WILL Press Release | Wisconsin Supreme Court Strikes Down Law Preventing Homeowners Who Exercise Their Fourth Amendment Rights From Challenging Their Property Tax Assessments

In split opinions, a majority of justices find the law unconstitutional

July 7, 2017 – Milwaukee, WI – In a victory for private property rights, the Wisconsin Supreme Court ruled today that a state law requiring homeowners to give up their privacy or lose their right to challenge their tax assessment in court violates the Constitution.  Specifically, the law required owners to consent to a tax appraiser coming inside their home, and if they refused, they could not challenge their resulting assessment in front of the Board of Review, the Department of Revenue, or even in court.

This case was brought by Vincent Milewski and Morganne MacDonald, a married couple who own a home in the Town of Dover.  Under Wisconsin Statutes, a tax assessor can demand entry into a private home.  If the owner refuses, the assessor can value the home at any amount and the owner has no right to appeal – they must pay that tax, no matter how outrageous it is.

When the couple politely refused to allow the assessor (a stranger to them) to come inside their home, the assessor raised their assessment despite lowering the assessment for almost every home in their subdivision.  What did the four properties that saw raises share in common?  None of them allowed an interior inspection.  The lower courts refused to allow them to challenge their assessment, and we brought this case all the way to the highest possible court.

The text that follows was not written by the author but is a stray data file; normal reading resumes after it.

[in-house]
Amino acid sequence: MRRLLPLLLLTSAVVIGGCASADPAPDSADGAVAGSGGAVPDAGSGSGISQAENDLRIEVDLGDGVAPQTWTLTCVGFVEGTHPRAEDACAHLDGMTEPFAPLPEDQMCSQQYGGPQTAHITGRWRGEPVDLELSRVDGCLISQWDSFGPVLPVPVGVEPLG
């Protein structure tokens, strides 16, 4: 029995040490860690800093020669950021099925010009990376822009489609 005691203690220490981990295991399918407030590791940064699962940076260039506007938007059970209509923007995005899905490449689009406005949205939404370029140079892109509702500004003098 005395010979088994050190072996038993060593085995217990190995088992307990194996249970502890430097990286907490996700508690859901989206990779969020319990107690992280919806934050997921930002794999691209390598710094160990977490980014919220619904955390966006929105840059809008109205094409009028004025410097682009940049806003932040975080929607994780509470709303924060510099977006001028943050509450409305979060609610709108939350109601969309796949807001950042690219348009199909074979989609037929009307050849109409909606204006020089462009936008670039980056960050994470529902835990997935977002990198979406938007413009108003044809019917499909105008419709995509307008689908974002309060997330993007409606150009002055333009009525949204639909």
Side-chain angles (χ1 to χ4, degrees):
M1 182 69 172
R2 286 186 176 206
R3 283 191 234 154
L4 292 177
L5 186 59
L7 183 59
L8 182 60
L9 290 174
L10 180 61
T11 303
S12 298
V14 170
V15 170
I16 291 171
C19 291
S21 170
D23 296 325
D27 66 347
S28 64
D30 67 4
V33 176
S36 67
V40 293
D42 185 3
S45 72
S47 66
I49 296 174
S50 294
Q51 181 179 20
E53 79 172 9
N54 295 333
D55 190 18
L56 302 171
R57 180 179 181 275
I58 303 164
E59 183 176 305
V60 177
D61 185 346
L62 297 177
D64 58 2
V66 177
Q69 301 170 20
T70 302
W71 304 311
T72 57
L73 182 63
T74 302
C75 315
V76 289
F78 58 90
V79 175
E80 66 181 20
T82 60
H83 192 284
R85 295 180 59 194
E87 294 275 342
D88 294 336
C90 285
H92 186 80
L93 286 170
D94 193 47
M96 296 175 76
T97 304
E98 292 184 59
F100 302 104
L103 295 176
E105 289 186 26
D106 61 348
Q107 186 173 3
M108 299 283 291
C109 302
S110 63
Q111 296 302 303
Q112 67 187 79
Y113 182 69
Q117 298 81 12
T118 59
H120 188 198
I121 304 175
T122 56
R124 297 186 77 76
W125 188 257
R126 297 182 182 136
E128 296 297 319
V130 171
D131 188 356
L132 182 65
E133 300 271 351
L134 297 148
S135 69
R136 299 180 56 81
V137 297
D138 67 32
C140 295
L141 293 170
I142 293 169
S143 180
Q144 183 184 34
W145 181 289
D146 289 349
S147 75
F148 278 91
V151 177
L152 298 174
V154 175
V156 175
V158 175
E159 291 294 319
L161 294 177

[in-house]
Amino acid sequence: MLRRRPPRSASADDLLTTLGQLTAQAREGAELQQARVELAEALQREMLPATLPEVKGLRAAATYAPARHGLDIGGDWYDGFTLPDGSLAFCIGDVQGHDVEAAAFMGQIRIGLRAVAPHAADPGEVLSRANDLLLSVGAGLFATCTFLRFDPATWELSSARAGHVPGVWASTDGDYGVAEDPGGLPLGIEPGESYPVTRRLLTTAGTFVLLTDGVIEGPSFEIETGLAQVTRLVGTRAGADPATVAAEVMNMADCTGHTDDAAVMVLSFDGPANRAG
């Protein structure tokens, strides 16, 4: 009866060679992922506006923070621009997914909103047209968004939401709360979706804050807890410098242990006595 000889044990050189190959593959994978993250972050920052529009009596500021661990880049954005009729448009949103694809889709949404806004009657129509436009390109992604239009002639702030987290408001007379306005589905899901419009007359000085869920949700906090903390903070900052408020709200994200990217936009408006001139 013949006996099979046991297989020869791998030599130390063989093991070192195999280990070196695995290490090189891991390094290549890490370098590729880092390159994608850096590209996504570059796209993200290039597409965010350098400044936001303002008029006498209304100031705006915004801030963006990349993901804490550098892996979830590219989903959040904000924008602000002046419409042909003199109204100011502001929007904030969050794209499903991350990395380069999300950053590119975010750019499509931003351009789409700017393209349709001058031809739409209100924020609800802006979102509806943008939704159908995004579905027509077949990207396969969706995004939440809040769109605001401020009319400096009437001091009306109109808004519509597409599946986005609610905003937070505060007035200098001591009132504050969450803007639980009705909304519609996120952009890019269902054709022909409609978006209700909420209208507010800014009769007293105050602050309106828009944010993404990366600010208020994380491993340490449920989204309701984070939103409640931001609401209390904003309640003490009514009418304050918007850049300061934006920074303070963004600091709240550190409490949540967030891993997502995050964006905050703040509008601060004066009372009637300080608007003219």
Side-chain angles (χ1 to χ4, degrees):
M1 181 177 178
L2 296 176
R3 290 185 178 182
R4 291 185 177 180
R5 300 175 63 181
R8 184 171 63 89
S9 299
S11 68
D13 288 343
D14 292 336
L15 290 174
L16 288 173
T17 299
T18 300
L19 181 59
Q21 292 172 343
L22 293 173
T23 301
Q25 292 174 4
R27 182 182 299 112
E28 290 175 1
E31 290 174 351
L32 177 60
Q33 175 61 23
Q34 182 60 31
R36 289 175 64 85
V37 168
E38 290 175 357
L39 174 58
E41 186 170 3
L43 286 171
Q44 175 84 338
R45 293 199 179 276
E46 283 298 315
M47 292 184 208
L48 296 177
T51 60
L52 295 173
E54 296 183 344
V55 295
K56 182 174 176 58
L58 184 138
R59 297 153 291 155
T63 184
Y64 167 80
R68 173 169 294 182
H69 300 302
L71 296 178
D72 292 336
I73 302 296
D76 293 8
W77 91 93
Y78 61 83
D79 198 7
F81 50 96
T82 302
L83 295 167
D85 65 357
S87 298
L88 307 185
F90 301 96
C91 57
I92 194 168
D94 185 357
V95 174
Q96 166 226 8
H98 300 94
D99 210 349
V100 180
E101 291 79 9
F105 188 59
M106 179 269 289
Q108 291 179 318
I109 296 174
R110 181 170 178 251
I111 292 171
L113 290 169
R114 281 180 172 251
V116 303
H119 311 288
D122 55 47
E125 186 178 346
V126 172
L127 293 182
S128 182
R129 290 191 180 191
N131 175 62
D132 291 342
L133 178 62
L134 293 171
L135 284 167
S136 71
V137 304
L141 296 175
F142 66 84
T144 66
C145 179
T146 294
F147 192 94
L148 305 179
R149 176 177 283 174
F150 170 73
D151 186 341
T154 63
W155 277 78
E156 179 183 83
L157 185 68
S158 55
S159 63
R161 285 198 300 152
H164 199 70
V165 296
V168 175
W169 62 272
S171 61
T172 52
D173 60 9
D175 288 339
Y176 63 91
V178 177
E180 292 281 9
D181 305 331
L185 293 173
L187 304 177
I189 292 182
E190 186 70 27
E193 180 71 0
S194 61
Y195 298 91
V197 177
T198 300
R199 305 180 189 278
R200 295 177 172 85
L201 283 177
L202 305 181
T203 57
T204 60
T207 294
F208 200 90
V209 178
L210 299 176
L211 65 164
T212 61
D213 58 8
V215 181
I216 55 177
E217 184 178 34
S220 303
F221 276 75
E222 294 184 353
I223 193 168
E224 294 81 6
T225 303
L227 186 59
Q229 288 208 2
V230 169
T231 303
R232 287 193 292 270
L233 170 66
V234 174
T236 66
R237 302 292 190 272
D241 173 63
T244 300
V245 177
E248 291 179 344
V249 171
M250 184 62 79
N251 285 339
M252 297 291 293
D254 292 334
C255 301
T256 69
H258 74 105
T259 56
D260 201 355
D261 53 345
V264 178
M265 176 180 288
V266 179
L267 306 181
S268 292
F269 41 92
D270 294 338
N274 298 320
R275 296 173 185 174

Although the court’s justices splintered across several opinions, a majority of justices (Daniel Kelly, Rebecca Bradley, Annete Ziegler, and Michael Gableman) concluded that denying Vincent and Morganne the ability to challenge their tax violated their constitutional rights.  A fifth (Patience Roggensack) concluded that the statute should be read to require only an exterior view of the property in order to avoid constitutional infirmity.  Justices Shirley Abrahamson and Ann Walsh Bradley dissented.

“The founding fathers were very concerned with government agents searching private property for tax purposes,” explained Rick Esenberg, founder and general counsel at WILL.  “They enacted the Fourth Amendment in part to prohibit those practices.  And due process requires that if the government exacts a tax against you, they must also provide you a legal avenue to challenge that tax.”

The court’s opinion and more information about the case are available here.



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